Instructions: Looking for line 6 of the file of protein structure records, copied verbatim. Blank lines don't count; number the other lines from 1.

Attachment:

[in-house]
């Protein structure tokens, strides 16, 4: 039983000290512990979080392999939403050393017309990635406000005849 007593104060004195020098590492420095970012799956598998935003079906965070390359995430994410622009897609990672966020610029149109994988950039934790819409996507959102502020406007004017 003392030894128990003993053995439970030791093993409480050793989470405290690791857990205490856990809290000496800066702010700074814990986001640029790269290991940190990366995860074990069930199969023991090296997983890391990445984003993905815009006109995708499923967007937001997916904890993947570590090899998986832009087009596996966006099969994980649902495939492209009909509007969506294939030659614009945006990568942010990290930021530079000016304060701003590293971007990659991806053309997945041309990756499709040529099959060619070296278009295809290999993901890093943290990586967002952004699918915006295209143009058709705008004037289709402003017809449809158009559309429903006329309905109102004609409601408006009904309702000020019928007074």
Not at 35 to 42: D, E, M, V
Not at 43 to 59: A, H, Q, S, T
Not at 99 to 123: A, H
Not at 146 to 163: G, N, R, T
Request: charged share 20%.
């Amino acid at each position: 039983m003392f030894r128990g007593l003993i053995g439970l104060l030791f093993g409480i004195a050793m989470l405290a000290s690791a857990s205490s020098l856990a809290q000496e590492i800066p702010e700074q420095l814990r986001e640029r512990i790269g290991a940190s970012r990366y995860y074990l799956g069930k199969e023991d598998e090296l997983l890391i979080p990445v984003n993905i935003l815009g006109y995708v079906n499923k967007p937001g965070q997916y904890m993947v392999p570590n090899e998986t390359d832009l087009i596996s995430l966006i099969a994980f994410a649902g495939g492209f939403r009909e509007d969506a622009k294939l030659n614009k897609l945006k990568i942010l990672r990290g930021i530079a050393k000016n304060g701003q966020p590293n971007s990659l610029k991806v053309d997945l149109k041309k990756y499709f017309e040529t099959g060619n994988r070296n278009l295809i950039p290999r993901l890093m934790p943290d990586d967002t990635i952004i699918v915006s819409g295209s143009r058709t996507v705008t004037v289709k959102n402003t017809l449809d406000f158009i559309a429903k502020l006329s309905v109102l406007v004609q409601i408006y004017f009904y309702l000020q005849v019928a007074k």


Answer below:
Not at 146 to 163: G, N, R, T